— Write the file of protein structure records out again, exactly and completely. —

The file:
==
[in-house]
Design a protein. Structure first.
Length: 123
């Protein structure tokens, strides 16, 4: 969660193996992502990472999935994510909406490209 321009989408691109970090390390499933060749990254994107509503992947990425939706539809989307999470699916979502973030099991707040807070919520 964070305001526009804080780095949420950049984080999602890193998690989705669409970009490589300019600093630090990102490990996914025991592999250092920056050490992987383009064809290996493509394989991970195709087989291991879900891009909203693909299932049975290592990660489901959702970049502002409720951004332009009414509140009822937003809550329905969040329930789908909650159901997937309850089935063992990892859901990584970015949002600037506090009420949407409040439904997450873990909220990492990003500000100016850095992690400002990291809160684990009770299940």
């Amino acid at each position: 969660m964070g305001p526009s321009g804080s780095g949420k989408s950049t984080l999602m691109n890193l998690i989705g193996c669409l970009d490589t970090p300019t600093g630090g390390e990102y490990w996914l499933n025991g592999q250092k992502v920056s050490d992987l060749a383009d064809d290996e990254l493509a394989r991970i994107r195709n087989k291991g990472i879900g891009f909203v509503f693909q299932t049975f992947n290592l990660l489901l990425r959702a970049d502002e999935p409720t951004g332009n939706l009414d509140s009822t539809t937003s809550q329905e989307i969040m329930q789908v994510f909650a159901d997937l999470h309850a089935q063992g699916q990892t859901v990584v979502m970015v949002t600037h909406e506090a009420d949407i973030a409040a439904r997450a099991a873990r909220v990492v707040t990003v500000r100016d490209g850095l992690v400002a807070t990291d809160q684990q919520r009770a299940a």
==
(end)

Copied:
[in-house]
Design a protein. Structure first.
Length: 123
């Protein structure tokens, strides 16, 4: 969660193996992502990472999935994510909406490209 321009989408691109970090390390499933060749990254994107509503992947990425939706539809989307999470699916979502973030099991707040807070919520 964070305001526009804080780095949420950049984080999602890193998690989705669409970009490589300019600093630090990102490990996914025991592999250092920056050490992987383009064809290996493509394989991970195709087989291991879900891009909203693909299932049975290592990660489901959702970049502002409720951004332009009414509140009822937003809550329905969040329930789908909650159901997937309850089935063992990892859901990584970015949002600037506090009420949407409040439904997450873990909220990492990003500000100016850095992690400002990291809160684990009770299940």
């Amino acid at each position: 969660m964070g305001p526009s321009g804080s780095g949420k989408s950049t984080l999602m691109n890193l998690i989705g193996c669409l970009d490589t970090p300019t600093g630090g390390e990102y490990w996914l499933n025991g592999q250092k992502v920056s050490d992987l060749a383009d064809d290996e990254l493509a394989r991970i994107r195709n087989k291991g990472i879900g891009f909203v509503f693909q299932t049975f992947n290592l990660l489901l990425r959702a970049d502002e999935p409720t951004g332009n939706l009414d509140s009822t539809t937003s809550q329905e989307i969040m329930q789908v994510f909650a159901d997937l999470h309850a089935q063992g699916q990892t859901v990584v979502m970015v949002t600037h909406e506090a009420d949407i973030a409040a439904r997450a099991a873990r909220v990492v707040t990003v500000r100016d490209g850095l992690v400002a807070t990291d809160q684990q919520r009770a299940a």